Analysis: Crypto Business Triples Profits of Two US Banks in 2018

Those banks have turned away their involvement with crypto companies into serious money-makers.

Larger banks, bound to strict government regulations on money laundering and customer verification, have mostly avoided putting their reputations at risk by getting involved with the cryptocurrency industry. As a result, smaller banks are quietly filling the gap and catering to the demands of the operators in this nascent ecosystem.

In the United States, as big institutions are shunning the virtual asset class, it appears only a few banks were willing to serve cryptocurrency companies. The list of institutions that are offering their customers premium crypto-focused banking solutions includes Metropolitan Bank, Silvergate Bank, Cross River Bank, and Signature Bank.

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Indeed, the latest financial results published by those banks are refreshing for crypto enthusiasts among bankers, as these small lenders have generally been turning away their involvement with cryptocurrency companies into serious money-makers.

The pro cryptocurrency banks have doubled their profits, revenues and asset holdings, their recent filings with the SEC show, and they explicitly acknowledge that their upbeat performance is primarily due to cryptocurrency driven business.

In this article, we will take two SEC-reporting banks as examples of how landing cryptocurrency customers has propelled the small lenders to its best year ever.

Metropolitan Bank

Founded in 1999 and headquartered in New York, Metropolitan Bank is a community-focused bank that has recently added to its clients’ roster a handful of cryptocurrency exchanges. It has also lured hedge funds, family offices and other institutional investors that want to invest in crypto but can’t get their primary bank.

According to reports from the three-branch lender and the Securities and Exchange Commission, the crypto business is a proven lucrative niche for Metropolitan. What’s more, the last year’s performance was a staggering amount of growth when compared with that of the banking industry as a whole. For instance, while non-interest income for US banks rose a measly four percent in the first quarter, Metropolitan reported more than 300 percent increase from the previous year.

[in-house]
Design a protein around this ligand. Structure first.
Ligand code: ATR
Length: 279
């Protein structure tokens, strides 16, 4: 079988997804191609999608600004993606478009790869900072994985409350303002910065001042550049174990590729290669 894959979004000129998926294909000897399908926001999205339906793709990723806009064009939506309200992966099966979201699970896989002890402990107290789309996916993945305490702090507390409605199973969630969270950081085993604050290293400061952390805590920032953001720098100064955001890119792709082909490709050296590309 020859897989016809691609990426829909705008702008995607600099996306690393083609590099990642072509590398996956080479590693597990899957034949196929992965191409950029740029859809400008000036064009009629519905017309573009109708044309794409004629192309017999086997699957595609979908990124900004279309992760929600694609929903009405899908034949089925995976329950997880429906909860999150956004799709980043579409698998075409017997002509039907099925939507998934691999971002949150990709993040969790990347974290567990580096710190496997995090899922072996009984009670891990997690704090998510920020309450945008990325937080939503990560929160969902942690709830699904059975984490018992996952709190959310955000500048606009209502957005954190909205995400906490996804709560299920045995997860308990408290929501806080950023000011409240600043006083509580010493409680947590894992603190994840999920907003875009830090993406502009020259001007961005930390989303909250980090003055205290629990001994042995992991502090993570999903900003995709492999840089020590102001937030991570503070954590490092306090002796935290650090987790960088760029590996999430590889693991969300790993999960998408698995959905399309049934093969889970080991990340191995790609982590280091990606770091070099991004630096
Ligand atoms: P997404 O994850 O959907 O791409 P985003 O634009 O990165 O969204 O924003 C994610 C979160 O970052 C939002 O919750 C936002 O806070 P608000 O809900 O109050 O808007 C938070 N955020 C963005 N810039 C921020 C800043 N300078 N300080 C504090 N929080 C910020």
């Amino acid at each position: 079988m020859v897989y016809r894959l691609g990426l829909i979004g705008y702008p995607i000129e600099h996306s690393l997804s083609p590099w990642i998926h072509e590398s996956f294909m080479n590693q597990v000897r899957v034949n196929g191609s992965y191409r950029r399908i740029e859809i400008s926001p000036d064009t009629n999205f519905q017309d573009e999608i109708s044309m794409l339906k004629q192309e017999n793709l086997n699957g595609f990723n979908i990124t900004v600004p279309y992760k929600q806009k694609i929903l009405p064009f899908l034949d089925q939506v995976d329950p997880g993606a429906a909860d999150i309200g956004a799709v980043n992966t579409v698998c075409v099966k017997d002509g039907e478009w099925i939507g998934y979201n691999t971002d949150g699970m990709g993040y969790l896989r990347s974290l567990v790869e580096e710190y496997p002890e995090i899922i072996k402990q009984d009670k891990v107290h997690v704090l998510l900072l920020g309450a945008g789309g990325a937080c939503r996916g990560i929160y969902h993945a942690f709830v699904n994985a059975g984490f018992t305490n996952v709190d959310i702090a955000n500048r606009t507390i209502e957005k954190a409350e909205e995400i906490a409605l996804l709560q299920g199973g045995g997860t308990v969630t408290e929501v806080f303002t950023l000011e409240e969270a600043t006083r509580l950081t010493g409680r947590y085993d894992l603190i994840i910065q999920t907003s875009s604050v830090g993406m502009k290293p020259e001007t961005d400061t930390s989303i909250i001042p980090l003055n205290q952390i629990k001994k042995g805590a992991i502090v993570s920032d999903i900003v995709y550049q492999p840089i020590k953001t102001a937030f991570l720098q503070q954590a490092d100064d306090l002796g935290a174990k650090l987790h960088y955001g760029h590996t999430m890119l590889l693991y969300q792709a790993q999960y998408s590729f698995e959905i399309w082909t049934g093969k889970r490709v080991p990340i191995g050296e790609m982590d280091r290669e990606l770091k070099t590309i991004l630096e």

Before we delve into the details, we should note that Metropolitan and other pro crypto banks only handle fiat transactions for their exchange clients but don’t deal directly into crypto assets.

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Let’s have a look at the business highlights which includes financial information dated to September 30, 2018:

  • Cash management and FX conversion fees from cryptocurrency clients totaled $3.4 million in the first quarter of 2018. This helped drive a more than 300 percent increase from a year earlier.
  • Non-interest income, a closely watched metric by investors, in the Jan-Sep period doubled to nearly $10 million, relative to $5 million in the previous year – also beating a four percent growth reported for the whole US banking industry.
  • Net income in the third quarter went up by 86 percent year-over-year to $7 million, from $3.8 million in Q3 2017.
  • On a year-to-date basis, the company yielded $19.2 million in profit compared to $9 million in the nine months through September 2018. Net income of US community banks rose 21 percent during the same nine-month period on an industry-wide basis.
  • Deposits related to corporate crypto accounts amounted to $47.7 million and represented 3.1 percent of the total deposit base, while the settlement accounts amounted to $110.6 million and represented 7.2 percent of the total deposits. These figures are, however, lower than those reported at the end of 2017, where balances of crypto accounts were $95.4 million and represented seven percent of the total deposit base while the settlement accounts registered $213.2 million, or 15.9 percent of the bank’s assets.
  • Average interest-earning assets increased $507.3 million year-to-date to $1.89 billion as compared to $1.38 billion for the same period in 2017. Average overnight deposits included $227.1 million related to settlement accounts of crypto clients.

Metropolitan’s solid financial metrics, particularly in the bottom-line section, could be mostly explained by the low cost of deposits which was driven almost entirely by the expansion of their crypto customers.

Silvergate Bank